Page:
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J&K artistes struggle to find work post abrogation of article 370

Earlier they would only earn a living thanks to the programmes run by Doordarshan or AIR or the plays and events organised by the (then) state govt’s Cultural Academy

Muzaffar Raina Srinagar Published 19.07.21, 02:24 AM
Hassan Javed

Hassan Javed Telegraph picture

Television actor Hassan Javed agrees there has been “development” in Jammu and Kashmir after its special status was scrapped in August 2019. Rather, “a development”.

“They have succeeded in crushing us (the artistes’ community),” Javed, who has been lead actor in more than 100 television serials, told The Telegraph.


He is among hundreds of television and theatre actors, singers and producers who once earned a living thanks to the programmes run by Doordarshan or All India Radio or the plays and events organised by the (then) state government’s Cultural Academy here.

These were their sole source of livelihood given the absence of private entertainment channels in Jammu and Kashmir.

But from 2012, there has been no work on Doordarshan, apparently because of a lack of funds. That prompted some artistes to shift to other professions. For the rest, the Cultural Academy and AIR provided some respite.

But, Javed said, these avenues too have disappeared since the dilution of Article 370 — which the government says would bring development to Kashmir.

“Since August 5 (2019), we have been literally dying. They promised us development but pushed us 100 years back,” Javed said.

“In the absence of Doordarshan (programmes), we survived on theatre shows organised by the Cultural Academy. But now there is no work or money. Hundreds of artistes performed in a drama festival organised in March but we are yet to get our dues.”

The problem of unpaid dues dates back to a decade.

“I received my last payment (from Doordarshan) in 2011, although I worked in many in-house programmes after that. Doordarshan owes me not less than Rs 5 lakh and there are many like me,” Javed said.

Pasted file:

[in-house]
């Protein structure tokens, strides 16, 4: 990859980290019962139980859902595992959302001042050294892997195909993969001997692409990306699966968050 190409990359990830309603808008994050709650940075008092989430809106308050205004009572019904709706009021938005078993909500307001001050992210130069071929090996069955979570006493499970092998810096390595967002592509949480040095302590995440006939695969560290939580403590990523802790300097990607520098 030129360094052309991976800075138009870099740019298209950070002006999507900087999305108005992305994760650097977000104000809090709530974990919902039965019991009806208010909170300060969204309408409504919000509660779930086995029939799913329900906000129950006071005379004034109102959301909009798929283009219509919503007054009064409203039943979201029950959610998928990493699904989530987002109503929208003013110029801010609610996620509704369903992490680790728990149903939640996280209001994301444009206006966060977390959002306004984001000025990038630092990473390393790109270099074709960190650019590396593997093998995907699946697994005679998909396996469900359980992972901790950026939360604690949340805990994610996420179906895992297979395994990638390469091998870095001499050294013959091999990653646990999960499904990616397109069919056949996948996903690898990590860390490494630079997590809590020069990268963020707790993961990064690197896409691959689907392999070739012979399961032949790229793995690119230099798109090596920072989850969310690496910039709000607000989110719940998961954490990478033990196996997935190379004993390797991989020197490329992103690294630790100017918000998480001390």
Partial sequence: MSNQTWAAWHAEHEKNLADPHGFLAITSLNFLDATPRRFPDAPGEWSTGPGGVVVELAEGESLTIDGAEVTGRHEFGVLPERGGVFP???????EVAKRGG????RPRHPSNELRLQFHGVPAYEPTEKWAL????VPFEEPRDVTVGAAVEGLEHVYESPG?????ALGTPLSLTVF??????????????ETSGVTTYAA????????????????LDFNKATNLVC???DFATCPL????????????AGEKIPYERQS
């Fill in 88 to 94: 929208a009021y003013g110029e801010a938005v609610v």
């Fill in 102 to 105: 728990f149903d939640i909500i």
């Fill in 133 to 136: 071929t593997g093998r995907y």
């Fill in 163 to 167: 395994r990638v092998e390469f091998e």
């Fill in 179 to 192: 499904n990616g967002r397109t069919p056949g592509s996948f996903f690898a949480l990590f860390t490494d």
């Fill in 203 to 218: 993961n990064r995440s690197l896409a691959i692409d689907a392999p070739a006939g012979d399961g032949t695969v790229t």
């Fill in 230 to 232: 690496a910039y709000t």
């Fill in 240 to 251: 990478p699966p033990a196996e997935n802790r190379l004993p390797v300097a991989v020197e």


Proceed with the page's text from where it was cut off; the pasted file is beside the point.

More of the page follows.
“We have been told that there was some corruption in the allotment of those programmes, but why hold us responsible and not the officers who hired us? Why has our payment been withheld?”

Khurshid Mir, another actor, said the absence of work had pushed him to penury.

“My children were studying in good private schools but I was forced to admit them to government schools. We are all going through hell,” he said.

Javed recalled how, two decades ago, the launch of DD Kashir, the Valley’s second channel after DD Srinagar, had brought hope to artistes.

“I remember the day the Kashir channel was started in 2000 and inaugurated by then Prime Minister Atal Bihari Vajpayee. They wanted to lure the youth to television. You had people setting up studios, others buying cameras and music systems,” Javed said.

He said hundreds became TV producers and artistes in a matter of months after DD Kashir was set up.

“I might have taken up a job or started some business, but I joined this profession after they promised us the moon, at the bidding of Vajpayeeji. But this BJP government has done absolutely nothing for us,” he said.

DD Kashir and DD Srinagar nowadays show old programmes apart from beaming government propaganda.

CPM veteran Mohamad Yousuf Tarigami has petitioned the government for help, saying the artistes have been pushed to starvation.

“There are hundreds of artistes whose families were solely dependent on production work at the Kashir channel. All these years, they managed to run their families with some savings, which have now been exhausted. They have no other source of income,” Tarigami said.

“In other parts of the country, states have devised policies and guidelines to help local talent. Unfortunately, in Kashmir, DD authorities have framed policies to keep local talent away from employment opportunities.”

Dr Nasib Singh Manhas, head of programmes at Srinagar Doordarshan, acknowledged that artistes had no work and faced poverty. He said his department was working on the problem and that the artistes might get some reprieve in the coming months.

“I have sent a proposal (to higher-ups). There are young, unemployed boys and if they get work, it’s good. You know there was Covid and a lockdown... but I’m pursuing (the matter),” he said.

“So far as the money (artistes’ dues lying with Doordarshan) is concerned, some committees have been set up and they will take a call.”

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